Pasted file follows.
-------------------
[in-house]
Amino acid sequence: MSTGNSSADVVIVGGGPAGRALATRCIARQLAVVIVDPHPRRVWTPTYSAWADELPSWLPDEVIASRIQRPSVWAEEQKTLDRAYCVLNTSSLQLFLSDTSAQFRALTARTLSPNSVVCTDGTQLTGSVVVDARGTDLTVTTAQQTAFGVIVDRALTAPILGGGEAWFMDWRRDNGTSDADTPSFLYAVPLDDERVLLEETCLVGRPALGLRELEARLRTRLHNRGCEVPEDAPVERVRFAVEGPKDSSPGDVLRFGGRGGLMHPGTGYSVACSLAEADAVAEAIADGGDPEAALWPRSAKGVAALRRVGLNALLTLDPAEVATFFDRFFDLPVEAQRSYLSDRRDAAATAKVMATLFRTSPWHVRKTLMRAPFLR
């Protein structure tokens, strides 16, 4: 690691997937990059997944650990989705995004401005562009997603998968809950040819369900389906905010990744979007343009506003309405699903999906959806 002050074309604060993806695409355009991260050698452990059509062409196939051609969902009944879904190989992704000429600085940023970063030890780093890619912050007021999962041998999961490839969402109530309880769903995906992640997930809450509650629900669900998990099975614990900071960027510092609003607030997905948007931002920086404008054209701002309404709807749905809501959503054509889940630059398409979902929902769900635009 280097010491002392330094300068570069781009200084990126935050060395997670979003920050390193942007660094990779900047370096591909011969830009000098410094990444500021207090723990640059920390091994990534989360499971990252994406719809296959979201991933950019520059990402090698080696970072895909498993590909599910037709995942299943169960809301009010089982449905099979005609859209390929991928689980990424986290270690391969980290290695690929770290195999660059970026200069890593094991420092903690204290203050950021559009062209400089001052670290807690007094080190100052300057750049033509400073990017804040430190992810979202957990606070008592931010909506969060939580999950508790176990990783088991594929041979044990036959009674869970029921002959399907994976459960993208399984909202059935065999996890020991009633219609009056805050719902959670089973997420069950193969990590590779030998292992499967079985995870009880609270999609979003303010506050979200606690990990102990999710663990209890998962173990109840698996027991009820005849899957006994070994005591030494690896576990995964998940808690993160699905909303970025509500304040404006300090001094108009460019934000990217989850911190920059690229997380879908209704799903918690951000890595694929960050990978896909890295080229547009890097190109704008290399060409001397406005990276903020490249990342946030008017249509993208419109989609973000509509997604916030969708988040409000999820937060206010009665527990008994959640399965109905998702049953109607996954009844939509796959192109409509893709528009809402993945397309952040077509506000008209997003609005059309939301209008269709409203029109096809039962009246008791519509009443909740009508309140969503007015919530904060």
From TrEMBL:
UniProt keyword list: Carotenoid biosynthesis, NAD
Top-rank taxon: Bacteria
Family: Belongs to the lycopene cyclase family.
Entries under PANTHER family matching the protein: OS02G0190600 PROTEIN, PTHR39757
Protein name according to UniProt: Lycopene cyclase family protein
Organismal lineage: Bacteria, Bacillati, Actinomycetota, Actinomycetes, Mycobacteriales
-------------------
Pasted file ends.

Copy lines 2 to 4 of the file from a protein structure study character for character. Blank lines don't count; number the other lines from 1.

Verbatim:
Amino acid sequence: MSTGNSSADVVIVGGGPAGRALATRCIARQLAVVIVDPHPRRVWTPTYSAWADELPSWLPDEVIASRIQRPSVWAEEQKTLDRAYCVLNTSSLQLFLSDTSAQFRALTARTLSPNSVVCTDGTQLTGSVVVDARGTDLTVTTAQQTAFGVIVDRALTAPILGGGEAWFMDWRRDNGTSDADTPSFLYAVPLDDERVLLEETCLVGRPALGLRELEARLRTRLHNRGCEVPEDAPVERVRFAVEGPKDSSPGDVLRFGGRGGLMHPGTGYSVACSLAEADAVAEAIADGGDPEAALWPRSAKGVAALRRVGLNALLTLDPAEVATFFDRFFDLPVEAQRSYLSDRRDAAATAKVMATLFRTSPWHVRKTLMRAPFLR
């Protein structure tokens, strides 16, 4: 690691997937990059997944650990989705995004401005562009997603998968809950040819369900389906905010990744979007343009506003309405699903999906959806 002050074309604060993806695409355009991260050698452990059509062409196939051609969902009944879904190989992704000429600085940023970063030890780093890619912050007021999962041998999961490839969402109530309880769903995906992640997930809450509650629900669900998990099975614990900071960027510092609003607030997905948007931002920086404008054209701002309404709807749905809501959503054509889940630059398409979902929902769900635009 280097010491002392330094300068570069781009200084990126935050060395997670979003920050390193942007660094990779900047370096591909011969830009000098410094990444500021207090723990640059920390091994990534989360499971990252994406719809296959979201991933950019520059990402090698080696970072895909498993590909599910037709995942299943169960809301009010089982449905099979005609859209390929991928689980990424986290270690391969980290290695690929770290195999660059970026200069890593094991420092903690204290203050950021559009062209400089001052670290807690007094080190100052300057750049033509400073990017804040430190992810979202957990606070008592931010909506969060939580999950508790176990990783088991594929041979044990036959009674869970029921002959399907994976459960993208399984909202059935065999996890020991009633219609009056805050719902959670089973997420069950193969990590590779030998292992499967079985995870009880609270999609979003303010506050979200606690990990102990999710663990209890998962173990109840698996027991009820005849899957006994070994005591030494690896576990995964998940808690993160699905909303970025509500304040404006300090001094108009460019934000990217989850911190920059690229997380879908209704799903918690951000890595694929960050990978896909890295080229547009890097190109704008290399060409001397406005990276903020490249990342946030008017249509993208419109989609973000509509997604916030969708988040409000999820937060206010009665527990008994959640399965109905998702049953109607996954009844939509796959192109409509893709528009809402993945397309952040077509506000008209997003609005059309939301209008269709409203029109096809039962009246008791519509009443909740009508309140969503007015919530904060």
From TrEMBL: